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(This is another of my speculative pieces and nothing to do with Star Wars. This one is for an older trilogy.)

Old Tom Bombadil. Possibly the least liked character in The Lord of the Rings. A childish figure so disliked by fans of the book that few object to his absence from all adaptations of the story. And yet, there is another way of looking at Bombadil, based only on what appears in the book itself, that paints a very different picture of this figure of fun.

What do we know about Tom Bombadil? He is fat and jolly and smiles all the time. He is friendly and gregarious and always ready to help travellers in distress.

Except that none of that can possibly be true.

Consider: By his own account (and by Elrond’s surprisingly sketchy knowledge) Bombadil has lived in the Old Forest since before the hobbits came to the Shire. Since before Elrond was born. Since the earliest days of the First Age.

And yet no hobbit has ever heard of him.

The guise in which Bombadil appears to Frodo and his companions is much like a hobbit writ large. He loves food and songs and nonsense rhymes and drink and company. Any hobbit who saw such a person would tell tales of him. Any hobbit who was rescued by Tom would sing songs about him and tell everyone else. Yet Merry – who knows all the history of Buckland and has ventured into the Old Forest many times – has never heard of Tom Bombadil. Frodo and Sam – avid readers of old Bilbo’s lore – have no idea that any such being exists, until he appears to them. All the hobbits of the Shire think of the Old Forest as a place of horror – not as the abode of a jolly fat man who is surprisingly generous with his food.

If Bombadil has indeed lived in the Old Forest all this time – in a house less than twenty miles from Buckland – then it stands to reason that he has never appeared to a single hobbit traveller before, and has certainly never rescued one from death. In the 1400 years since the Shire was settled.

What do we know about Tom Bombadil? He is not what he seems.

Elrond, the greatest lore-master of the Third Age, has never heard of Tom Bombadil. Elrond is only vaguely aware that there was once someone called Iarwain Ben-Adar (“Oldest and Fatherless”) who might be the same as Bombadil. And yet, the main road between Rivendell and the Grey Havens passes not 20 miles from Bombadil’s house, which stands beside the most ancient forest in Middle Earth. Has no elf ever wandered in the Old Forest or encountered Bombadil in all these thousands of years? Apparently not.

Gandalf seems to know more, but he keeps his knowledge to himself. At the Council of Elrond, when people suggest sending the Ring to Bombadil, Gandalf comes up with a surprisingly varied list of reasons why that should not be done. It is not clear that any of the reasons that he gives are the true one.

Now, in his conversation with Frodo, Bombadil implies (but avoids directly stating) that he had heard of their coming from Farmer Maggot and from Gildor’s elves (both of whom Frodo had recently described). But that also makes no sense. Maggot lives west of the Brandywine, remained there when Frodo left, and never even knew that Frodo would be leaving the Shire. And if Elrond knows nothing of Bombadil, how can he be a friend of Gildor’s?

What do we know about Tom Bombadil? He lies.

A question: what is the most dangerous place in Middle Earth? First place goes to the Mines of Moria, home of the Balrog, but what is the second most dangerous place? Tom Bombadil’s country.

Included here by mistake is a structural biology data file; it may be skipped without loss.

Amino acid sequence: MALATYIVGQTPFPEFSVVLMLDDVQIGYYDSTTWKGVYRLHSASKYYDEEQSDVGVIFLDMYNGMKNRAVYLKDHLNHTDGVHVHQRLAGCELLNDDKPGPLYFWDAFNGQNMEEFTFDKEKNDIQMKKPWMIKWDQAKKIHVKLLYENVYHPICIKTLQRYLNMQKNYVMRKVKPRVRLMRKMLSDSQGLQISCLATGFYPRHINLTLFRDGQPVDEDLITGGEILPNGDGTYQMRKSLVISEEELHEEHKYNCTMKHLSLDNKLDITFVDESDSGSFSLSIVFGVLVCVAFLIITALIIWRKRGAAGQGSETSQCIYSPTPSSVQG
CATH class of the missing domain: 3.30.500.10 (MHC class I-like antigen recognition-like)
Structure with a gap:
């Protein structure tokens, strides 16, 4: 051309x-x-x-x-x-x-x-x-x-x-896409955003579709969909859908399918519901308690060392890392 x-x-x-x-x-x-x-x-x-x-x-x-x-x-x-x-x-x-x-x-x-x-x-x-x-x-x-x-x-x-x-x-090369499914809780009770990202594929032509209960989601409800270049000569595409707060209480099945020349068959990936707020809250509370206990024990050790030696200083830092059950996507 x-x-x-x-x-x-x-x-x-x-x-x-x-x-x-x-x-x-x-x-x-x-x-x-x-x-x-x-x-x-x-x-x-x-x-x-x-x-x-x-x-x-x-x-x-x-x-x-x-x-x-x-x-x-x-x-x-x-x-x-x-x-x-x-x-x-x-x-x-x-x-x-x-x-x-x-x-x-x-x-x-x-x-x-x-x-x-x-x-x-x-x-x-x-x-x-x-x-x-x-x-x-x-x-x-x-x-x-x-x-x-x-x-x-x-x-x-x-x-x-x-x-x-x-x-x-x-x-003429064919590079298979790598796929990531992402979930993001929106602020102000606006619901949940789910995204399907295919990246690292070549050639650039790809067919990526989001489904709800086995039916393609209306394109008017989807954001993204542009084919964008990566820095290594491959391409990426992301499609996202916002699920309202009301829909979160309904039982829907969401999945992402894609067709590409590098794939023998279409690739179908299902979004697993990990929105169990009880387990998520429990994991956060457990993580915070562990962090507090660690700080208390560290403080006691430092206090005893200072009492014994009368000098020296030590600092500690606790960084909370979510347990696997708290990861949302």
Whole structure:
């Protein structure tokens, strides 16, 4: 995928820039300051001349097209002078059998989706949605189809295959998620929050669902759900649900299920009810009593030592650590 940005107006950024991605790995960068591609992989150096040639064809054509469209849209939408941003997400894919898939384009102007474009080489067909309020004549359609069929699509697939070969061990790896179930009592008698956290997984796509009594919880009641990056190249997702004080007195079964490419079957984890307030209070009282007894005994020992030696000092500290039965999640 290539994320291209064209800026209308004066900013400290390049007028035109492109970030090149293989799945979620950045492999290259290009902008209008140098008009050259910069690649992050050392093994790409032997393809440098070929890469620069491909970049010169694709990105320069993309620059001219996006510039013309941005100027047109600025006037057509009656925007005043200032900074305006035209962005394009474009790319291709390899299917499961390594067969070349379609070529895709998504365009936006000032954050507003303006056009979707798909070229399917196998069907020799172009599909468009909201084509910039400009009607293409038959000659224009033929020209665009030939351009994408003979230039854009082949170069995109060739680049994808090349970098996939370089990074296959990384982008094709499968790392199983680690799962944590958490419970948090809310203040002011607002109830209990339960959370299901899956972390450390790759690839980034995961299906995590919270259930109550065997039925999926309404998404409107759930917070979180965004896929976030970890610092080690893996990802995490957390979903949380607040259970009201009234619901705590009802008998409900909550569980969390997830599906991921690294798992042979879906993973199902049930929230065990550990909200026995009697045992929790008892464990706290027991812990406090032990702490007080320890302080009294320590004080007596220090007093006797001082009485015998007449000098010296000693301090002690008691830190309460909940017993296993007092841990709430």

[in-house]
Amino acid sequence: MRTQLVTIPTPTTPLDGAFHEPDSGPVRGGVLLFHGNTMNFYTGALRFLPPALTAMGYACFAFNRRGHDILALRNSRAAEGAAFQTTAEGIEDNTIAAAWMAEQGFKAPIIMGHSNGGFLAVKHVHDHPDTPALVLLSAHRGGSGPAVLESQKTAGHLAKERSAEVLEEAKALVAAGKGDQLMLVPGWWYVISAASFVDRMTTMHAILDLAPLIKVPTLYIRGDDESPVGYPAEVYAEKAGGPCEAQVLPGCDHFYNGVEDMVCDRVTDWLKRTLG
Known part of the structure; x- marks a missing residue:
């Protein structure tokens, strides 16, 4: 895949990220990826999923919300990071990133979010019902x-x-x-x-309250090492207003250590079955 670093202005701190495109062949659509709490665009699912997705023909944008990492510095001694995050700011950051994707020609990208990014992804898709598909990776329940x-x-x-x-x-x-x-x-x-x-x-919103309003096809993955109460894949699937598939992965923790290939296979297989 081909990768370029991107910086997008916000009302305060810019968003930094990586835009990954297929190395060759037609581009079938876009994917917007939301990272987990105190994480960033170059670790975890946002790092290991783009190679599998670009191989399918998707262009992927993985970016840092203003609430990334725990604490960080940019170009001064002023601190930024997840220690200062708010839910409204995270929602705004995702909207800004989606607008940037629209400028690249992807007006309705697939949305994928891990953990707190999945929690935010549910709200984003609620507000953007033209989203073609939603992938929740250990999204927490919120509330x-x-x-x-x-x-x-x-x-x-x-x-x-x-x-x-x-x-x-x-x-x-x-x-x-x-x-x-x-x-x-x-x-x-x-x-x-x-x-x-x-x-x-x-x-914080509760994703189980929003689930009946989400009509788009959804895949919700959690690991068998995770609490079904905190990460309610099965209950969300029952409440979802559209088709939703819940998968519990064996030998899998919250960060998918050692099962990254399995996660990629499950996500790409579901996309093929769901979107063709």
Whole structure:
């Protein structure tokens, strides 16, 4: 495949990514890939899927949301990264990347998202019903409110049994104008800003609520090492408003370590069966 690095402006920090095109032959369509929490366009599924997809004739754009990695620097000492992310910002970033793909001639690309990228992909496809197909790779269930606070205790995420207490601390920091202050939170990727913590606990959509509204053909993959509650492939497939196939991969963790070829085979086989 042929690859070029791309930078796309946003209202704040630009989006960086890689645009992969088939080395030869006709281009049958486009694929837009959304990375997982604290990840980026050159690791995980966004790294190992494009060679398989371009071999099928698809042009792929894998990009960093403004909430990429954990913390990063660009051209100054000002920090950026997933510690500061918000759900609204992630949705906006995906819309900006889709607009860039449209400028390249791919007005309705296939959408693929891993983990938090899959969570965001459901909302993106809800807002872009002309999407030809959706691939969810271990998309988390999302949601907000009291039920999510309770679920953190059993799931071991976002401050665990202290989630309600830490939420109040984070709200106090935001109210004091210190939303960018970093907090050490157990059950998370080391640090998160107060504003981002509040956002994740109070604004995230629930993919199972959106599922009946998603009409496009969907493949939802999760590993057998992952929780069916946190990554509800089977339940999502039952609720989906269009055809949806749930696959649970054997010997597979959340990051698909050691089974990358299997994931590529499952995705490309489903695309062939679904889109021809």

By comparison, Mordor is a safe and well-run land, where two lightly-armed hobbits can wander for days without meeting anything more dangerous than themselves. Yet the Old Forest and the Barrow Downs, all part of Tom’s country, are filled with perils that would tax anyone in the Fellowship except perhaps Gandalf.

Now, it is canonical in Tolkein that powerful magical beings imprint their nature on their homes. Lorien under Galadriel is a place of peace and light. Moria, after the Balrog awoke, was a place of terror to which lesser evil creatures were drawn. Likewise, when Sauron lived in Mirkwood, it became blighted with evil and a home to monsters.

And then, there’s Tom Bombadil’s Country.

The hobbits can sense the hatred within all the trees in the Old Forest. Every tree in that place is a malevolent huorn, hating humankind. Every single tree. And the barrows of the ancient kings that lie nearby are defiled and inhabited by Barrow-Wights. Bombadil has the power to control or banish all these creatures, but he does not do so. Instead, he provides a refuge for them against men and other powers. Evil things – and only evil things – flourish in his domain. “Tom Bombadil is the master” Goldberry says. And his subjects are black huorns and barrow wights.

What do we know about Tom Bombadil? He is not the benevolent figure that he pretends to be.

Tom appears to the Ringbearer in a friendly, happy guise, to question and test him and to give him and his companions swords that can kill the servants of another evil power. But his motives are his own.

Consider: it is said more than once that the willows are the most powerful and evil trees in the Forest. Yet, the rhyme that Bombadil teaches the hobbits to use in conjuring up Bombadil himself includes the line, “By the reed and willow.” The willows are a part of Bombadil’s power and a means of calling on him. They draw their strength from the cursed river Withywindle, the centre of all the evil in the Forest.

And the springs of the Withywindle are right next to Tom Bombadil’s house.

And then there is Goldberry, “the river-daughter”. She is presented as Bombadil’s wife, an improbably beautiful and regal being who charms and beguiles the hobbits. It is implied that she is a water spirit, and she sits combing her long, blonde hair after the manner of a mermaid. (And it is worth remembering that mermaids were originally seen as monsters, beautiful above the water, slimy and hideous below, luring sailors to drown and be eaten.) But I suggest the name means that in her true state, Goldberry is nourished by the River – that is, by the proverbially evil Withywindle.